Looking out from the governor’s mansion, having conquered all that we survey here at home, it’s only natural that we should dream of the White House. And like any political figure who has, it’s all too easy to start thinking of it by outlining the reasons why we should.
For Hilary it was born of a sense of entitlement, even destiny, and the idea that she couldn’t possibly lose.
But before we start to think in terms of Celtic as a great club who should be competing at that level, it might be better to acknowledge the things that make it unlikely.
And that’s where we are right now.
The curious thing is that instead of doing a serious analysis of where we presently stand, a lot of people are getting impatient. It’s actually very easy to list the reasons why we should be more circumspect; we play in Scotland, we have a limited budget, we are an unseeded team.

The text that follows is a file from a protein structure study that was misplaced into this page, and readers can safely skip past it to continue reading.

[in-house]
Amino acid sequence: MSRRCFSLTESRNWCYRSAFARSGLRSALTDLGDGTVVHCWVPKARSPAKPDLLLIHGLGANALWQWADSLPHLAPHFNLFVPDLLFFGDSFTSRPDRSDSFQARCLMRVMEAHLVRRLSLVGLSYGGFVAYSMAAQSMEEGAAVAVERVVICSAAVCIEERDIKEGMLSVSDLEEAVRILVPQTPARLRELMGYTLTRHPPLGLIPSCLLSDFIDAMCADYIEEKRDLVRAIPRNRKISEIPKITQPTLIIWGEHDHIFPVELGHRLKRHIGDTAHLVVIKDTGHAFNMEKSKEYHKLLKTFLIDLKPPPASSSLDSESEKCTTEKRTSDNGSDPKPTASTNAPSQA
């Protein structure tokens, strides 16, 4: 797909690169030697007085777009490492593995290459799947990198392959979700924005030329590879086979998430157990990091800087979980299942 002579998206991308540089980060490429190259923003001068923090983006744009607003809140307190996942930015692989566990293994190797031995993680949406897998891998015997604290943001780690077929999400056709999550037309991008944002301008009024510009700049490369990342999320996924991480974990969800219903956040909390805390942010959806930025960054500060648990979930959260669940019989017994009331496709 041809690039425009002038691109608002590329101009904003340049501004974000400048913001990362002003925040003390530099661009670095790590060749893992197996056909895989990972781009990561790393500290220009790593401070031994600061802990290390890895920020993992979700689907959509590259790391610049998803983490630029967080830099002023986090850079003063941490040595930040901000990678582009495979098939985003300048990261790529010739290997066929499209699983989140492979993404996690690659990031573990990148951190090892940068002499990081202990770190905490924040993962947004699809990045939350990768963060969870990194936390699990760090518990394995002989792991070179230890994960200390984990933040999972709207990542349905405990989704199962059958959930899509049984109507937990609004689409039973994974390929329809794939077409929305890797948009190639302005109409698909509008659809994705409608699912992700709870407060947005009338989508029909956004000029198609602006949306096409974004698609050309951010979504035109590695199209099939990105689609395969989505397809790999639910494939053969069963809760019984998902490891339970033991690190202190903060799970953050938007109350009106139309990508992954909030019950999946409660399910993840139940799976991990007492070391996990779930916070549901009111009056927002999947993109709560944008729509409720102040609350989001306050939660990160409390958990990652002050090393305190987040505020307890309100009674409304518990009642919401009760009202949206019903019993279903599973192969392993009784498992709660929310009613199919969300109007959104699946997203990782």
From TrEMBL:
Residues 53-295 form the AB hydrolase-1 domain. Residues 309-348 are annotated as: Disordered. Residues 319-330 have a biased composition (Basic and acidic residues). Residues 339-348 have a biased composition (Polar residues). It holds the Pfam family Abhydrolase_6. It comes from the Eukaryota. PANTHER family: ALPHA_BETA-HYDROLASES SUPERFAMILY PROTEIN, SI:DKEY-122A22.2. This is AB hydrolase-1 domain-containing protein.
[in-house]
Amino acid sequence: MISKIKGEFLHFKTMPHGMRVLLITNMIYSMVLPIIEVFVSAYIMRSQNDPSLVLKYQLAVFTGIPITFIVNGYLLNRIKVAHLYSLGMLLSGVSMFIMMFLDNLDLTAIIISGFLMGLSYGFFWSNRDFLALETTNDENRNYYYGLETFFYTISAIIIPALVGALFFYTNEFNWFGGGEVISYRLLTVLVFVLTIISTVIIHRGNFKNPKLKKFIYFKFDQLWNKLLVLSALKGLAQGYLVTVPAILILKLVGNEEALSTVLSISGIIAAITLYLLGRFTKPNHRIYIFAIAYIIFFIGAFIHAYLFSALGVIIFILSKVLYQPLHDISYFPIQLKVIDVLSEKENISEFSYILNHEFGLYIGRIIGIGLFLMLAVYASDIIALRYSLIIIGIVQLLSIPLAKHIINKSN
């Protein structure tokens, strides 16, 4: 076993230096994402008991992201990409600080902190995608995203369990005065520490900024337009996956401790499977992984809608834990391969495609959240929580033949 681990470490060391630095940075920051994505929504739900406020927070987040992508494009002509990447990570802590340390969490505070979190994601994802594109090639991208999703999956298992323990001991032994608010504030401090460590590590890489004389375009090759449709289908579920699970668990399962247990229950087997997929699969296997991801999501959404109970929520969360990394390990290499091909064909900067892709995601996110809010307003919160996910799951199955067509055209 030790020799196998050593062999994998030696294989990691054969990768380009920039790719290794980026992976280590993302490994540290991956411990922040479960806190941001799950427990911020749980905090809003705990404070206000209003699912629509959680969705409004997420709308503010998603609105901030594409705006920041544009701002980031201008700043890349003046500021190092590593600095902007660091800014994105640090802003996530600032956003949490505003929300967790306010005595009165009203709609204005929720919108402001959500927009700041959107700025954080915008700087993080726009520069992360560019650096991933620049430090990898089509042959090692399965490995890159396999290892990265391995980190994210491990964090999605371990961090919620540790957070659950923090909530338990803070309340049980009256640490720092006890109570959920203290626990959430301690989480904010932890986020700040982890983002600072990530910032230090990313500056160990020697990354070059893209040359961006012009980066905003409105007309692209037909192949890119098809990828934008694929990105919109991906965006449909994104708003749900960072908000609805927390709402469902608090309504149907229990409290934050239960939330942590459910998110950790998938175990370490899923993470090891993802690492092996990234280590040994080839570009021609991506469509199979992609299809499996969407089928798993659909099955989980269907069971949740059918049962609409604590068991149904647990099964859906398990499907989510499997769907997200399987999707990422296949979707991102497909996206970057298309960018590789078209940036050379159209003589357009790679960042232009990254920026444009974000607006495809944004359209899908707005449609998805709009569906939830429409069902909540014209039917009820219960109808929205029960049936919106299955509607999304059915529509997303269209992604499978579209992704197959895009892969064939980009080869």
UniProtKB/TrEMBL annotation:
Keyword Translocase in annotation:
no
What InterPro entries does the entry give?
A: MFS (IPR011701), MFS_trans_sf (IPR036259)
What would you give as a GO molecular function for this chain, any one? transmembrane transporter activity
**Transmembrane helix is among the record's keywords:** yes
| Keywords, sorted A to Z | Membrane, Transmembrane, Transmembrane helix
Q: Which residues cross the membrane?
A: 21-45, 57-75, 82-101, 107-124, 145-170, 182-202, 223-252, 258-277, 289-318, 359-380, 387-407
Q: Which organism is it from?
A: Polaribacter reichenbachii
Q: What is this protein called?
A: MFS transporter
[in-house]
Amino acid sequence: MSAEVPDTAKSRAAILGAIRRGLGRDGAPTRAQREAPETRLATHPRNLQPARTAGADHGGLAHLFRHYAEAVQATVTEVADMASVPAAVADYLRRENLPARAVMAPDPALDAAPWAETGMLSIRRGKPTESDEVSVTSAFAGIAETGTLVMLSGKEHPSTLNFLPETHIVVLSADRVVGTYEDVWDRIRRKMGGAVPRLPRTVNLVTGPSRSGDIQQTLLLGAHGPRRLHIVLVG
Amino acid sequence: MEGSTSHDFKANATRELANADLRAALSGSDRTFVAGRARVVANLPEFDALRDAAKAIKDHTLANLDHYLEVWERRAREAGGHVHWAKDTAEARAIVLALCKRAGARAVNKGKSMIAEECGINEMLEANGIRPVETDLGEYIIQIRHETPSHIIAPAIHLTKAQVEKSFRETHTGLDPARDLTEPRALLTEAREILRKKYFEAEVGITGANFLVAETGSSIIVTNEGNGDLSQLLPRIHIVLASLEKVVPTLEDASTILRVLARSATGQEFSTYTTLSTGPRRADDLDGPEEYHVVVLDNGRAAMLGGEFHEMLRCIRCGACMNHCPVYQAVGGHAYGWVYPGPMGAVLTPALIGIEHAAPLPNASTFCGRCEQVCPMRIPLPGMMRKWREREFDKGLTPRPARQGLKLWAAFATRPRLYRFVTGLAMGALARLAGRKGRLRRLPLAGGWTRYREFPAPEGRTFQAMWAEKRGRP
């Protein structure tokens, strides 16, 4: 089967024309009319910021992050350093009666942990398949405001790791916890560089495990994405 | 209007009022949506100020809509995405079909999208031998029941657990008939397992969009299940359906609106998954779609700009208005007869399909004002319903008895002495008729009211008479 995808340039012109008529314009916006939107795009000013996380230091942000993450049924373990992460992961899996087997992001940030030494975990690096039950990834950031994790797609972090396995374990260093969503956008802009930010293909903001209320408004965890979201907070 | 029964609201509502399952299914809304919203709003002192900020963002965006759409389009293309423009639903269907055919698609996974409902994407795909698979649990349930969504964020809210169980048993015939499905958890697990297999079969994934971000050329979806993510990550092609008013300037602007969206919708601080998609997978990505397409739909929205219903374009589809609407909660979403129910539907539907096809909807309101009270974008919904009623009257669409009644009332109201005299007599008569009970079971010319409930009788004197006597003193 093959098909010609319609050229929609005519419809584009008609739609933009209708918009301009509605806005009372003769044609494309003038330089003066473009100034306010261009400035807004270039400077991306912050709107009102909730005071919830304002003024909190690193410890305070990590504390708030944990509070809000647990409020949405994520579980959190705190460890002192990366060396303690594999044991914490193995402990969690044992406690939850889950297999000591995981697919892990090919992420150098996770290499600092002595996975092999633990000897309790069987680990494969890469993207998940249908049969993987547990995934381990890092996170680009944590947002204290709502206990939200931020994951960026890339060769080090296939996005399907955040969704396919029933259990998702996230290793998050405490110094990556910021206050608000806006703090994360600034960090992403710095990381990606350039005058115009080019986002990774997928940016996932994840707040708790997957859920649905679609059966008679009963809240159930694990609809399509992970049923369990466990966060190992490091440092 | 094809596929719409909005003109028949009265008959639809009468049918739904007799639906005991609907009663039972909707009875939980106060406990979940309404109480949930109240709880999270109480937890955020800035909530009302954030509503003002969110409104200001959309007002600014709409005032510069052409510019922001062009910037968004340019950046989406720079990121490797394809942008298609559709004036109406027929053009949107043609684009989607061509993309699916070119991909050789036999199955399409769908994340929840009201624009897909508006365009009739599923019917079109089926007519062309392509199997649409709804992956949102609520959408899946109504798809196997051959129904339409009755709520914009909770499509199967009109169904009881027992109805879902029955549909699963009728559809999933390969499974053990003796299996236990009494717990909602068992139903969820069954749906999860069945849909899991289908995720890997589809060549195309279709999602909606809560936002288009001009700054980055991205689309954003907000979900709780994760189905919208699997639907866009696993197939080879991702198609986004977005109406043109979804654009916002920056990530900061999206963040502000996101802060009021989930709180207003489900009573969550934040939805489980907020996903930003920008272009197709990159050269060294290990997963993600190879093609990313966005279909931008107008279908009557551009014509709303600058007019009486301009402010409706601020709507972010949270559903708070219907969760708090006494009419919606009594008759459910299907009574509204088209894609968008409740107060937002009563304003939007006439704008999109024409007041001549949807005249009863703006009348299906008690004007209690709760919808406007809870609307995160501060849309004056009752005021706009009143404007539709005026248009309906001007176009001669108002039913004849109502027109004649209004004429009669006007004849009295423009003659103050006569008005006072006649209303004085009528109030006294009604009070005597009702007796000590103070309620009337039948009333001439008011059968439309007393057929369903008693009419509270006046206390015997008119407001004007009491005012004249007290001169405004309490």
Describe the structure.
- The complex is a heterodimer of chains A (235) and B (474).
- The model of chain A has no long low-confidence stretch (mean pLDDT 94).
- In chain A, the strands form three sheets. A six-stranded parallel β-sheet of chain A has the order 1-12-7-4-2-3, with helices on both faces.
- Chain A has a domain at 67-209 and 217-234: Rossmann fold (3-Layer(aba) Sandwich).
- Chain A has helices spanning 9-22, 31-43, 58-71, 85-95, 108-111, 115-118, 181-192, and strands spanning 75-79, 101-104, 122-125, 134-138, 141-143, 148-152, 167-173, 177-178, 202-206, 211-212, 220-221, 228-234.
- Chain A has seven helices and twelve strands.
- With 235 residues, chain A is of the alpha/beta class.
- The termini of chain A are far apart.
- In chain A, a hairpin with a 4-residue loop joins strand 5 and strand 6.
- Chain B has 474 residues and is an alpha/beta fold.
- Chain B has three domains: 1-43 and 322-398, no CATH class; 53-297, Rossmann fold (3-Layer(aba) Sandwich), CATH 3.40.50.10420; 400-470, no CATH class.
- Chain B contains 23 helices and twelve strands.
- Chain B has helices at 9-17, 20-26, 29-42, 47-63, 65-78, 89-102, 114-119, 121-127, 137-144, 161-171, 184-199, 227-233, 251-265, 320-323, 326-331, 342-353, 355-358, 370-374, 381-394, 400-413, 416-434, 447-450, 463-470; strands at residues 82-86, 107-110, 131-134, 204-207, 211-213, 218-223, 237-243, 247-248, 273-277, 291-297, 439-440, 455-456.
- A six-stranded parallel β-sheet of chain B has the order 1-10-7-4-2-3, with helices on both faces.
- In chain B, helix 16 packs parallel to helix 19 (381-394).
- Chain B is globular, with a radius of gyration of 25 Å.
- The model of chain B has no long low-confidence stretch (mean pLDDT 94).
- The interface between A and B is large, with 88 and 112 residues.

But a lot of folk want instant results.
This is where a lot of our fans have to think carefully about what they expect from Brendan Rodgers.
Daring to dream is fine, but let’s not take it out on the manager if the dreams don’t come true.
I am writing this article because there’s some anger out there about our European record under this guy.
There is anger, in particular, over his home record. Six games, and no wins. I agree it’s bad. But as I said in a previous article, only two of those games were ones we should have been expected to win, the games against Gladbach and Anderlecht.
Some of the angrier fans want to see Brendan sacked over the European results; this is what I mean in the headline.
Some of our fans need to decide what it is that they want, and from Brendan in particular.
We’re on an incredible 67 game unbeaten domestic run. If they were offered that or relative European success, which would they choose?